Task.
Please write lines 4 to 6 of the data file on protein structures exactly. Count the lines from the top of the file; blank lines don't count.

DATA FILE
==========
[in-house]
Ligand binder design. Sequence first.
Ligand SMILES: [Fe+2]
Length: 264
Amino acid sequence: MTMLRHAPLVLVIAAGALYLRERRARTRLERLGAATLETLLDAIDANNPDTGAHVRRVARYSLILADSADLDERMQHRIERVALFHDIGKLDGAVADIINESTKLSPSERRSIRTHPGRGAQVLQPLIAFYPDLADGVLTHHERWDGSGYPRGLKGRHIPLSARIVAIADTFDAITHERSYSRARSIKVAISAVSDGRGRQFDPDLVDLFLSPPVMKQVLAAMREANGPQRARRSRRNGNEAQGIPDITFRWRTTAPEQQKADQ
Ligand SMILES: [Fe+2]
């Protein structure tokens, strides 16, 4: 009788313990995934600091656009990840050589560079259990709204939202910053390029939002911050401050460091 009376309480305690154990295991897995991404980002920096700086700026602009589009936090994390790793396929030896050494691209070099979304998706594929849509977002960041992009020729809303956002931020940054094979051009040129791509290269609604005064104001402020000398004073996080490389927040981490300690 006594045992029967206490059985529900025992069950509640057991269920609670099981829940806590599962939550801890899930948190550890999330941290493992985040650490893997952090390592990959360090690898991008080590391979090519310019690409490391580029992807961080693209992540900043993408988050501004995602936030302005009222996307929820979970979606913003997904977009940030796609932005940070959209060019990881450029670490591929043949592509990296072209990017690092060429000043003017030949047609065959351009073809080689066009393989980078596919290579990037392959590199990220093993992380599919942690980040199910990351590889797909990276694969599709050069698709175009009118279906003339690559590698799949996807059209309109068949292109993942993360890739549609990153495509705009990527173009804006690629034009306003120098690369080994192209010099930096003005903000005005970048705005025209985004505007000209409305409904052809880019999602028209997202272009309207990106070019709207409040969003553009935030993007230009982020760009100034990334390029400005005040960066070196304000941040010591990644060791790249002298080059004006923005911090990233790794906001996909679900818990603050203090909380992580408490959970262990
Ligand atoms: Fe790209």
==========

Length: 264
Amino acid sequence: MTMLRHAPLVLVIAAGALYLRERRARTRLERLGAATLETLLDAIDANNPDTGAHVRRVARYSLILADSADLDERMQHRIERVALFHDIGKLDGAVADIINESTKLSPSERRSIRTHPGRGAQVLQPLIAFYPDLADGVLTHHERWDGSGYPRGLKGRHIPLSARIVAIADTFDAITHERSYSRARSIKVAISAVSDGRGRQFDPDLVDLFLSPPVMKQVLAAMREANGPQRARRSRRNGNEAQGIPDITFRWRTTAPEQQKADQ
Ligand SMILES: [Fe+2]